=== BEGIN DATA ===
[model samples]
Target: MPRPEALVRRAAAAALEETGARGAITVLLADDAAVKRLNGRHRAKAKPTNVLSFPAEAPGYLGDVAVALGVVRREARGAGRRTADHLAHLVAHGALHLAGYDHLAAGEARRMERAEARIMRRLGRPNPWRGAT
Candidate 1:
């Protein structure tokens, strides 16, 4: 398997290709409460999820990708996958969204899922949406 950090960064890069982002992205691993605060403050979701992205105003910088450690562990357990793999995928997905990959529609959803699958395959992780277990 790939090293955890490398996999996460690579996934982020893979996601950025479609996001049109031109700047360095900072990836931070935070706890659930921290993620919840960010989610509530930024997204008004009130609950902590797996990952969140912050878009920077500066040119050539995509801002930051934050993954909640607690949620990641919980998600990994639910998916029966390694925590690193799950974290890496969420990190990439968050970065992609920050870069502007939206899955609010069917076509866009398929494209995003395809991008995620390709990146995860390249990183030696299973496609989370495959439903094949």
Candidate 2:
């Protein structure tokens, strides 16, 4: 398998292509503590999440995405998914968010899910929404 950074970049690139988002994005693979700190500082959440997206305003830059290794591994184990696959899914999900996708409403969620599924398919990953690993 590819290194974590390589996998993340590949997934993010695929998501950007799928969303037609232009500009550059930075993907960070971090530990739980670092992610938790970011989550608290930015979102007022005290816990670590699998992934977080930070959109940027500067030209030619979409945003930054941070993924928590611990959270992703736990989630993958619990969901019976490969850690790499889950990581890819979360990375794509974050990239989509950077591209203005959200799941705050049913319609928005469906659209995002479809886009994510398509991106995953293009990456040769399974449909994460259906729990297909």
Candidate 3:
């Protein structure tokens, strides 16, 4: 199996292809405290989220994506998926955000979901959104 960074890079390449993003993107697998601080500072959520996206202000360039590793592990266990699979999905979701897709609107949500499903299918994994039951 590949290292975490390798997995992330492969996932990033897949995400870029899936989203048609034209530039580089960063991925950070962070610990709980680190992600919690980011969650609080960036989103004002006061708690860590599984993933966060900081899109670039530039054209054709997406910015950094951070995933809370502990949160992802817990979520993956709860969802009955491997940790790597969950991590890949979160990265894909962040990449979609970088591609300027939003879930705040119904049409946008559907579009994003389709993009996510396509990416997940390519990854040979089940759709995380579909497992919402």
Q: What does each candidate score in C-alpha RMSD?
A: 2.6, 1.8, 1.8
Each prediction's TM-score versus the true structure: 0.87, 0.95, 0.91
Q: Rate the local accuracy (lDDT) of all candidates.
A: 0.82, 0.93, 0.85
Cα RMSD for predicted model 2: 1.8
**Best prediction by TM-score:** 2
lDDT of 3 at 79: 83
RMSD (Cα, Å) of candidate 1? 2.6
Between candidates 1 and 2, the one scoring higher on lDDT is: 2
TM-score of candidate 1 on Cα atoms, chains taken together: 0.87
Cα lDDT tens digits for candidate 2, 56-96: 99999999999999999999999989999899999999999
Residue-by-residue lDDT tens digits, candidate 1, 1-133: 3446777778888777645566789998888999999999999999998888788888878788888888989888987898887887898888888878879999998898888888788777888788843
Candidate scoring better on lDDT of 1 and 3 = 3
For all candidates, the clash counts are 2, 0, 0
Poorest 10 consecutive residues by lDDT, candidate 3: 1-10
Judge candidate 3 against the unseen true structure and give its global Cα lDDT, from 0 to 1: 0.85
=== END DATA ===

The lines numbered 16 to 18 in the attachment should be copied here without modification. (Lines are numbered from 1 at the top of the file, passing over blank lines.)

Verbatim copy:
lDDT of 3 at 79: 83
RMSD (Cα, Å) of candidate 1? 2.6
Between candidates 1 and 2, the one scoring higher on lDDT is: 2